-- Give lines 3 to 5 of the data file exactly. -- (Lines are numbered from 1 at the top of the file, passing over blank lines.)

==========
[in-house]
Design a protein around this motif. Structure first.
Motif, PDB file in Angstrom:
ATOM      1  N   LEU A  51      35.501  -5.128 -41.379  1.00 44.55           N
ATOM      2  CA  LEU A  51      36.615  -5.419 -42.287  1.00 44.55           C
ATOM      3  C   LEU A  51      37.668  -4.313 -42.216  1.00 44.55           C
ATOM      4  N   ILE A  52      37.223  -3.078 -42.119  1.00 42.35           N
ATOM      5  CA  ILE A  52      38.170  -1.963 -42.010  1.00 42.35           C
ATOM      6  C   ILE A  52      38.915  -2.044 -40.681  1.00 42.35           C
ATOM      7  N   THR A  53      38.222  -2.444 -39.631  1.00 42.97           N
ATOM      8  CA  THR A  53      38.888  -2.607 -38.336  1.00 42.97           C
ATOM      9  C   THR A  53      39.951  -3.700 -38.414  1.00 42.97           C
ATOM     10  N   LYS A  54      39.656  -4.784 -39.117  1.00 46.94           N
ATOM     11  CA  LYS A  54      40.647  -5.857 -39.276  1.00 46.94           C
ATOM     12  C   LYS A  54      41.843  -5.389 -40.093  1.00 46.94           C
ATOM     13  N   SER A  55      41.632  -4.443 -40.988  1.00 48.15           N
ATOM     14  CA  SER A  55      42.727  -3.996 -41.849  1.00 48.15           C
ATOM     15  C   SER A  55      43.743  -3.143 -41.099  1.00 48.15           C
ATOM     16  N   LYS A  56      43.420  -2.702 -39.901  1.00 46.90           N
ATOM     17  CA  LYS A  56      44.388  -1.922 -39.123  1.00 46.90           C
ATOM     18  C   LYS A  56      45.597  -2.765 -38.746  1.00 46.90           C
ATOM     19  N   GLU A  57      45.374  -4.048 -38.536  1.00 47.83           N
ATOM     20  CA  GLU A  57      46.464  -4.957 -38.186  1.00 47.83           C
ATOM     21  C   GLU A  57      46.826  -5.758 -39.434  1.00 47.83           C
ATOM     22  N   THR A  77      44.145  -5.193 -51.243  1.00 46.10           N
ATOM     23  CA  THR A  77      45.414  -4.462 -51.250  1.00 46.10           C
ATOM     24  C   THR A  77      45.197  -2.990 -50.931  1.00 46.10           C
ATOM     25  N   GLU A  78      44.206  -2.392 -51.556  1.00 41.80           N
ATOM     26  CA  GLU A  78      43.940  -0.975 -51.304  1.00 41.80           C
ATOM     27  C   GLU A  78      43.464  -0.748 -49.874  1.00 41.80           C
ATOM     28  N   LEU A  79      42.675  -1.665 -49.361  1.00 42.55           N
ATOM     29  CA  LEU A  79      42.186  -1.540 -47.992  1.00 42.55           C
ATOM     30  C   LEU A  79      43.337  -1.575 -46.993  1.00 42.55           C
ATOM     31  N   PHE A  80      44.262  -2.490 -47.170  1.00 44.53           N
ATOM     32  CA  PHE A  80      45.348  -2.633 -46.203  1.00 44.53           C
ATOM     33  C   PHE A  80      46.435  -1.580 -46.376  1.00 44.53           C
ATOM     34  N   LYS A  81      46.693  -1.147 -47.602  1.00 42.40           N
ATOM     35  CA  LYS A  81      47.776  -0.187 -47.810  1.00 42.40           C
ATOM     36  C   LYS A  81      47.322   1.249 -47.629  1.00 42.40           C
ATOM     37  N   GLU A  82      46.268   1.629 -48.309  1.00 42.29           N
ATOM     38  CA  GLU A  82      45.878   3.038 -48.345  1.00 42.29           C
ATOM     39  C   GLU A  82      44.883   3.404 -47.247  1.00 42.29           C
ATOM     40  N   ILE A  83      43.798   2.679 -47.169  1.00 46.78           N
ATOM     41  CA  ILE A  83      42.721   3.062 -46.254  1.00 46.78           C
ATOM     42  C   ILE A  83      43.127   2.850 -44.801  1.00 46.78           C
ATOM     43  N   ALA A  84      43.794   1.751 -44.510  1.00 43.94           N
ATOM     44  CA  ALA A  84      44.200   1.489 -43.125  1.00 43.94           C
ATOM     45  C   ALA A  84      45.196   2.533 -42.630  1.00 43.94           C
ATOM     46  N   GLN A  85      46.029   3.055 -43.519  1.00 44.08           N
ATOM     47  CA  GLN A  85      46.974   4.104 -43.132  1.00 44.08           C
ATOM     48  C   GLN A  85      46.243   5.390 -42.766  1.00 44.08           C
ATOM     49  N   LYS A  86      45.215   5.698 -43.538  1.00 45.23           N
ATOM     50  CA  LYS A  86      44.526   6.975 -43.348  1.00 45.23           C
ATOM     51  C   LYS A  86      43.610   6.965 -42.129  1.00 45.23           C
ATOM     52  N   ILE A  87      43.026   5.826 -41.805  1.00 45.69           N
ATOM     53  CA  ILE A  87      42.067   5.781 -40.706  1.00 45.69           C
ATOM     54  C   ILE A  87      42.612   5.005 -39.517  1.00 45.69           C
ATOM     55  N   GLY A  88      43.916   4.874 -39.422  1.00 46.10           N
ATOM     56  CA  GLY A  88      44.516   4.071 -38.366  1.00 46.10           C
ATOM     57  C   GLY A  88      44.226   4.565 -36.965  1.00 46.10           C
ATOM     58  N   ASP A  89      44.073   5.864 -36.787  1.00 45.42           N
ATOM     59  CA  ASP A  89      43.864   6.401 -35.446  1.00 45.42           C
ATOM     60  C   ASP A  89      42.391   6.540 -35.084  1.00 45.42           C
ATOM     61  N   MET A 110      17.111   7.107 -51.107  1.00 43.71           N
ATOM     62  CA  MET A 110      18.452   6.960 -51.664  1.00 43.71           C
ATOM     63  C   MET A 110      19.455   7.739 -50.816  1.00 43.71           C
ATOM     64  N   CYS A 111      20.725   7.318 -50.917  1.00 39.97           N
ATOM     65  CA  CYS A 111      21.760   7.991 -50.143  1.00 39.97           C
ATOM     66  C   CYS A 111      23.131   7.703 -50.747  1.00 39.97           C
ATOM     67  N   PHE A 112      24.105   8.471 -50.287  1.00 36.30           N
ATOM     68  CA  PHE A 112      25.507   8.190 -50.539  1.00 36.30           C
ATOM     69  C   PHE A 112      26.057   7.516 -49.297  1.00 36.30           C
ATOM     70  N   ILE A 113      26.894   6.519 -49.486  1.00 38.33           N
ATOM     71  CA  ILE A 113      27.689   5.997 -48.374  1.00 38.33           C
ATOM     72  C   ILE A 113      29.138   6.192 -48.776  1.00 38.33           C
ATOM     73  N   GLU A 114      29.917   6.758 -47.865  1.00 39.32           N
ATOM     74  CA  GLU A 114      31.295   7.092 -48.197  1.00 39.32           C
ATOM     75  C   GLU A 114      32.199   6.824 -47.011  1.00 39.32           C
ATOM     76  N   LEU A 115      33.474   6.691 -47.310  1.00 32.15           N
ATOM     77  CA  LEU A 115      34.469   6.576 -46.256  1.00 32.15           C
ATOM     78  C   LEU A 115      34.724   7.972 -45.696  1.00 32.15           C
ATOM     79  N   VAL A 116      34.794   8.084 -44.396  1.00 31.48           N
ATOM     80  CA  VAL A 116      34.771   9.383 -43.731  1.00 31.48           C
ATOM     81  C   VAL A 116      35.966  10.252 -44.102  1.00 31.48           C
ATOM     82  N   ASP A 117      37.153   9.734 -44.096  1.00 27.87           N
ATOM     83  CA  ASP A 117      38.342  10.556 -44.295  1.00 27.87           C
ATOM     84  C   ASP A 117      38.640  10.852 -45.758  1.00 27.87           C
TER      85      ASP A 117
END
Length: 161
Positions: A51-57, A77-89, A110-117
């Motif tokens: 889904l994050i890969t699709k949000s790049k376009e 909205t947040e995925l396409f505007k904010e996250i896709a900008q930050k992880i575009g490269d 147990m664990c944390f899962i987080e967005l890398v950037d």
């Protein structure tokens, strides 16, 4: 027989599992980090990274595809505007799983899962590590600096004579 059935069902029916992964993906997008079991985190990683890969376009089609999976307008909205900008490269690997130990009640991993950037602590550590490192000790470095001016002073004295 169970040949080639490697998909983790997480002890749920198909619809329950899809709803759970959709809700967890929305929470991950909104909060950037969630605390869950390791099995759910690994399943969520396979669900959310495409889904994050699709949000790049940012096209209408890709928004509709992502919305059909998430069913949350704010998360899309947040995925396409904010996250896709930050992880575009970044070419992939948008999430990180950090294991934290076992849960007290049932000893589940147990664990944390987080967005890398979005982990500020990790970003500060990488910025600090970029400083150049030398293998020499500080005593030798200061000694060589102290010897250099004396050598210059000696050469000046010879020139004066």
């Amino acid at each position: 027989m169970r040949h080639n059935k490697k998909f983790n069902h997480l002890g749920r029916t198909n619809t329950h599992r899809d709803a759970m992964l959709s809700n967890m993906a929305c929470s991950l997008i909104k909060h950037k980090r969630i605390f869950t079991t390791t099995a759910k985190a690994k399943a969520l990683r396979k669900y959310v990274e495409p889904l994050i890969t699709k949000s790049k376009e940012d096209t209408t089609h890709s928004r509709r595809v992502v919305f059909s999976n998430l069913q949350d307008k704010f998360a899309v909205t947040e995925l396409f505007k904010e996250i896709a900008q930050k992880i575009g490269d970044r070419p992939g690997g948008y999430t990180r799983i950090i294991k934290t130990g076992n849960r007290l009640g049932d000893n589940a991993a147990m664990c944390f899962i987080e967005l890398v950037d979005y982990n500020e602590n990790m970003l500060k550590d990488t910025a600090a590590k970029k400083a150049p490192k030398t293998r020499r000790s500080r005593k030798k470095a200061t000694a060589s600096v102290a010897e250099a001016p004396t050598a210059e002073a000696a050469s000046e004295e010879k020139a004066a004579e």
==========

Motif, PDB file in Angstrom:
ATOM      1  N   LEU A  51      35.501  -5.128 -41.379  1.00 44.55           N
ATOM      2  CA  LEU A  51      36.615  -5.419 -42.287  1.00 44.55           C